The Disappearing State Corporate Income Tax
In state legislatures across the nation, lawmakers are scrambling to cope with revenue shortfalls. Increasingly, however, they cannot look to the corporate income tax for much help. In a recent article in State Tax Notes, Peter Fisher of the University of Iowa argues that tax incentives have played a key role in shrinking the revenue from state corporate income taxes.
"Incentives at the state level do not pay for themselves," Fisher contends. "In fact, they are quite costly." Since 1980, the share of state revenue coming from corporate income taxes has slipped from 9.7% to 6.2%. Even without the enactment of new incentives, Fisher predicts, corporate tax revenues will continue this decline as more firms take advantage of existing incentives
. In a related State Tax Notes article, Kirk J. Stark of the UCLA School of Law asserts that state taxation of corporate income is "simply untenable," observing that "Not much can be said for a costly tax that doesn't raise much money."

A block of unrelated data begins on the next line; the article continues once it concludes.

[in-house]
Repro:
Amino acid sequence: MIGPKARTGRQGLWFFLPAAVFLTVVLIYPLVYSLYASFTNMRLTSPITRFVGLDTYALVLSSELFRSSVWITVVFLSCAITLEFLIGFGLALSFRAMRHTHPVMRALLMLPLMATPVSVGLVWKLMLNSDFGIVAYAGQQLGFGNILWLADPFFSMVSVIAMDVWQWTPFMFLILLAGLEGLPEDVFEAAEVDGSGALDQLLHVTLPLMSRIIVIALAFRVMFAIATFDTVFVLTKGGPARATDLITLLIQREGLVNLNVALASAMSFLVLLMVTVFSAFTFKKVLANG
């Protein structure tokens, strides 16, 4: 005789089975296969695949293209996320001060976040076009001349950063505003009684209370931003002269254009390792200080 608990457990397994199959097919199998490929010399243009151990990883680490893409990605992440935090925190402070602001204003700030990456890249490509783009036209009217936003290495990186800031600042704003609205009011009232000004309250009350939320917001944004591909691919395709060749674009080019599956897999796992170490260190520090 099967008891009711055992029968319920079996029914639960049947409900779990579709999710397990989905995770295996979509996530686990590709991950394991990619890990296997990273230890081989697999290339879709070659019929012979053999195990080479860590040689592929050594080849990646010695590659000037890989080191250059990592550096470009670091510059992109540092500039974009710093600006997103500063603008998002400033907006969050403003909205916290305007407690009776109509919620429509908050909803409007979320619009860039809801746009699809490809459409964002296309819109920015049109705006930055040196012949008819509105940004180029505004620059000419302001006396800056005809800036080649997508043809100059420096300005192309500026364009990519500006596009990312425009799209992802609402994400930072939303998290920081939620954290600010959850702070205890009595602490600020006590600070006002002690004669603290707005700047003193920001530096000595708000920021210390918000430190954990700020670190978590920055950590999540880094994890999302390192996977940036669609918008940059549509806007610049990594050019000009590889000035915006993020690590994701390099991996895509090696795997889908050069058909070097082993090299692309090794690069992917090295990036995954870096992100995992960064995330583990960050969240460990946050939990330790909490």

Over time, Stark explains, the decentralized decisions of corporate managers and politicians have transformed the tax into something it was not intended to be: a type of gross receipts tax rather than an income tax in the traditional understanding of the term. Stark suggests that if policymakers want to preserve the corporate income tax, Congress should assign it to the federal government, with lawmakers possibly devising a revenue-sharing arrangement between the federal government and the states.
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